Emily Sieu Liebowitz Recommends...

“Someone—a teacher of mine, though I am not sure who—told me that once you know what you’re doing in writing, you have to give up and move on. In major moments of writer’s block, I think of that advice and how writing from a sudden moment of loss or blankness is part of the vocation; how not knowing is such an important part, even central to language and what it can accomplish. And though it is important to understand the workings of writing and deploy its techniques and tools, it is equally important to remember that the writer is sometimes a seer, an adherent, or a conjurer. A writer must endure not knowing in order to discover. From a practical standpoint, when I feel lost, I continue writing and reading. I return to my heroes to remind me of what I love in poetry, favorite books from my early poetry education—Stéphane Mallarmé’s Un Coup De Dés Jamais N’abolira Le Hasard, Robert Duncan’s The Opening of the Field, Amiri Baraka’s Preface to a Twenty Volume Suicide Note—to give me the courage to keep recording what I see and hear.”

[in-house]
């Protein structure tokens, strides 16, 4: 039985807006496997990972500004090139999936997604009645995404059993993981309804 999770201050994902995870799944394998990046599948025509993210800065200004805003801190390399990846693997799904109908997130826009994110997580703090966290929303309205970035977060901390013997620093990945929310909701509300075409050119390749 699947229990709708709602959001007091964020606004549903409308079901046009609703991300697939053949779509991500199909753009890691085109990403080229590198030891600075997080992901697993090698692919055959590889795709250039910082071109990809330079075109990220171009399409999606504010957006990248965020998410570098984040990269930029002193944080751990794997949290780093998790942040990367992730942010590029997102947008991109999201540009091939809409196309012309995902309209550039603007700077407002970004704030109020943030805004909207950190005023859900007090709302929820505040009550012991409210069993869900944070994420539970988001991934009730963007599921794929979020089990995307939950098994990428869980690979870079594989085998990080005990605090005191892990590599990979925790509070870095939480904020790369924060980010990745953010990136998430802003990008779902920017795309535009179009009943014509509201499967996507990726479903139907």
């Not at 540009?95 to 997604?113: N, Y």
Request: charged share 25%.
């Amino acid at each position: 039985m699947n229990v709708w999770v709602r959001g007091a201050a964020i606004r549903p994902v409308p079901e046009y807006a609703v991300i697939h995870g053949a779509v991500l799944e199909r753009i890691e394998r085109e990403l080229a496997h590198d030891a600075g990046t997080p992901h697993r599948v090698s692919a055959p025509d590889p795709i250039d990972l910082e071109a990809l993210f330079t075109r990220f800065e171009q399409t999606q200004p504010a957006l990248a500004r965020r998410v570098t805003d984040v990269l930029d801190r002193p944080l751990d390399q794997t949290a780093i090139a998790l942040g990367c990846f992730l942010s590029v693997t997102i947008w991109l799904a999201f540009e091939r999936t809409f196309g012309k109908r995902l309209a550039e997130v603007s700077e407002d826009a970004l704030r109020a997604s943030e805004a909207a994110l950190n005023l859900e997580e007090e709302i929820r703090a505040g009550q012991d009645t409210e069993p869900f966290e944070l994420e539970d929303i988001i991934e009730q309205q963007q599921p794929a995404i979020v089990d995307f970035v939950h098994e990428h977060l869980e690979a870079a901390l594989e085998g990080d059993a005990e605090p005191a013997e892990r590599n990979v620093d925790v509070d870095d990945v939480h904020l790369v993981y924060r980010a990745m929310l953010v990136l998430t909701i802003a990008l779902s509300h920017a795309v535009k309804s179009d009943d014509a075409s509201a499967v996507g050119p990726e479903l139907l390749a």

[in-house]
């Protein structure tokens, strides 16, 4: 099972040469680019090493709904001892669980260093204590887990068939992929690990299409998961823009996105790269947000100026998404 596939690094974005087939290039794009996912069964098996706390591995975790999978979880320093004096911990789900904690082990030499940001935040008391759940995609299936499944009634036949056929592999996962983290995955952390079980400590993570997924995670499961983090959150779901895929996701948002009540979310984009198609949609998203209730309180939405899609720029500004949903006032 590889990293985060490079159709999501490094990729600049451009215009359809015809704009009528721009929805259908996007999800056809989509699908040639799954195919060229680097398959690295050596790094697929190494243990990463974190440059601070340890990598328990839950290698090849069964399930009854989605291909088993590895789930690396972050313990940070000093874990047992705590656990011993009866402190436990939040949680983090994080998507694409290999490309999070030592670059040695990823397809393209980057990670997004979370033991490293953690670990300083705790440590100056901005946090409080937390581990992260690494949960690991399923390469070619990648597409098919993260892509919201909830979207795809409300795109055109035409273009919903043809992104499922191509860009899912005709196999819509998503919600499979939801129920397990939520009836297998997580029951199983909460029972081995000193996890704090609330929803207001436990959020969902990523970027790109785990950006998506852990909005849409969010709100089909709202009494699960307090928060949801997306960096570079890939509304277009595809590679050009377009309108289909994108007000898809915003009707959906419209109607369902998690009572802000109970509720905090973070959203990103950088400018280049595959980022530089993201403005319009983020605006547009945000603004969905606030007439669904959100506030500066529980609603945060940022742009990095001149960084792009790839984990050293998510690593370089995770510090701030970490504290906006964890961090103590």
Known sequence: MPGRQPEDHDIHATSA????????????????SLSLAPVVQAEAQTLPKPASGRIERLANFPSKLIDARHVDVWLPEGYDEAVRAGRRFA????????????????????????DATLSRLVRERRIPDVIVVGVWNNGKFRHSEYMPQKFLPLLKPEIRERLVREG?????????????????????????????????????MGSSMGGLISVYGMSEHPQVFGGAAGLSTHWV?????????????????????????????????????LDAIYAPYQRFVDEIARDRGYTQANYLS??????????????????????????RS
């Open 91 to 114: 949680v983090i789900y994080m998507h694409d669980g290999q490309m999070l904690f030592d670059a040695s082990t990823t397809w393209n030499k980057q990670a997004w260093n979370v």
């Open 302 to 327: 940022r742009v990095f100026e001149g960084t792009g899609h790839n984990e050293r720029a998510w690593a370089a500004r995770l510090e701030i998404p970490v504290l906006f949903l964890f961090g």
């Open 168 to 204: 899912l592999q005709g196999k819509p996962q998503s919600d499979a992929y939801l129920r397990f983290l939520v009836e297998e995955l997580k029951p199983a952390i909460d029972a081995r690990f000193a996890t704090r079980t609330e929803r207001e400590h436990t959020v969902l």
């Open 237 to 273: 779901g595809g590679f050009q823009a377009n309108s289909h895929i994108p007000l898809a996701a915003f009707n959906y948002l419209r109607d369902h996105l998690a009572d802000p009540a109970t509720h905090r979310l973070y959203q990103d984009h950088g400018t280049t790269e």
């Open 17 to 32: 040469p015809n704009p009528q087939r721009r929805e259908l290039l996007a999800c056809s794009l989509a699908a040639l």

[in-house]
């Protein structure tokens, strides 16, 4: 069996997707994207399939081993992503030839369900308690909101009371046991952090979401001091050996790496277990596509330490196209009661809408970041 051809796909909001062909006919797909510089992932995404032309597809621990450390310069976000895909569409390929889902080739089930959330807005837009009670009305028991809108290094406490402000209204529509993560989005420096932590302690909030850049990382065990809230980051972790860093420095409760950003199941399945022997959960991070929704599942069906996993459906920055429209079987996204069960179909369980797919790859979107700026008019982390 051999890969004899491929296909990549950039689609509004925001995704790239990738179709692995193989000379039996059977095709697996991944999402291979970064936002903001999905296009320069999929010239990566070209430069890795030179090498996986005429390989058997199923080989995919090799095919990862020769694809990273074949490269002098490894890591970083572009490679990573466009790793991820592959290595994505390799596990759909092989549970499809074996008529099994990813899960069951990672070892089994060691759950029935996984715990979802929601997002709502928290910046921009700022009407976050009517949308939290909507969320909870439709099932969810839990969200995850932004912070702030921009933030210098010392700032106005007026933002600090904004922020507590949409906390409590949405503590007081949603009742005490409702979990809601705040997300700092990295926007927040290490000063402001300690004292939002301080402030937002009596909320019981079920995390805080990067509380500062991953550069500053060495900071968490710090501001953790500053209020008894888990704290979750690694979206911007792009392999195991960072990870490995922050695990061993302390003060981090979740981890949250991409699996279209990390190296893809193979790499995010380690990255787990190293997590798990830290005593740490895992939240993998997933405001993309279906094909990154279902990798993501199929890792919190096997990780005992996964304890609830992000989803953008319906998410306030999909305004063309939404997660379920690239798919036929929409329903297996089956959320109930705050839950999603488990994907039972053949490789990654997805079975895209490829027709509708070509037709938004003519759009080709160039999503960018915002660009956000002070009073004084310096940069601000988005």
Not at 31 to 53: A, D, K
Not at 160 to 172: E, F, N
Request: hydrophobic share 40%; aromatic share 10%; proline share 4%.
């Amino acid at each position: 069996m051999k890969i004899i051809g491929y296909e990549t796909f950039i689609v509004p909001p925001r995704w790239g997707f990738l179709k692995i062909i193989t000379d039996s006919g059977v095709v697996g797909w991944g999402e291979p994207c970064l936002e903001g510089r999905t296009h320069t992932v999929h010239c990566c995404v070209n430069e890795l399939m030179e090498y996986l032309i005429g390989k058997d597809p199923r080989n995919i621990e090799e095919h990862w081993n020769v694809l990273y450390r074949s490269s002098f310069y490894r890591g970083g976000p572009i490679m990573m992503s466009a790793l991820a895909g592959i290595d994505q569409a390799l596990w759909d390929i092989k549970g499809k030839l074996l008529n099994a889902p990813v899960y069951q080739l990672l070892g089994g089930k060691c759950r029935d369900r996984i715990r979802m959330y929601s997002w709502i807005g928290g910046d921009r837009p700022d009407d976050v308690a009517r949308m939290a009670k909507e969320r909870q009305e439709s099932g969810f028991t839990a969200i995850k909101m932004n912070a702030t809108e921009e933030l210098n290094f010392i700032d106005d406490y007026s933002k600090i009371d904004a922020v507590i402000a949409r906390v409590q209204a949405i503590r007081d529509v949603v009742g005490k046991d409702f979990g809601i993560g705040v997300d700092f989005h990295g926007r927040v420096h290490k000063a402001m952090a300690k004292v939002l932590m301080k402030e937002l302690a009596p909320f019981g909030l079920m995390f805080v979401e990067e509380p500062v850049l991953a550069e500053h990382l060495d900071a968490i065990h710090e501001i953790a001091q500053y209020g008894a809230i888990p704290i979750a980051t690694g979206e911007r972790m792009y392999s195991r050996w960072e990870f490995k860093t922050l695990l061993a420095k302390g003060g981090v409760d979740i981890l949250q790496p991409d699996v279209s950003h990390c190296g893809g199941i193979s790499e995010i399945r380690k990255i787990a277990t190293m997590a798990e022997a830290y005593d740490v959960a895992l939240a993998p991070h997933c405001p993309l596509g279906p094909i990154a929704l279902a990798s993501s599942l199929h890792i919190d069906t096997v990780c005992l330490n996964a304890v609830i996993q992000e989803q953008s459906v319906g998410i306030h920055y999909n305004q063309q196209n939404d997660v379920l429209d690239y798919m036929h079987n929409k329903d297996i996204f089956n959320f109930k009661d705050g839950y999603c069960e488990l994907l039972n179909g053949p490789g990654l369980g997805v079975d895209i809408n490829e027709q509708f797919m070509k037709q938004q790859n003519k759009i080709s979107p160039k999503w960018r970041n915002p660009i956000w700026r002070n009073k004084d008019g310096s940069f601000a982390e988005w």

—Emily Sieu Liebowitz, author of National Park (Gramma Press, 2018)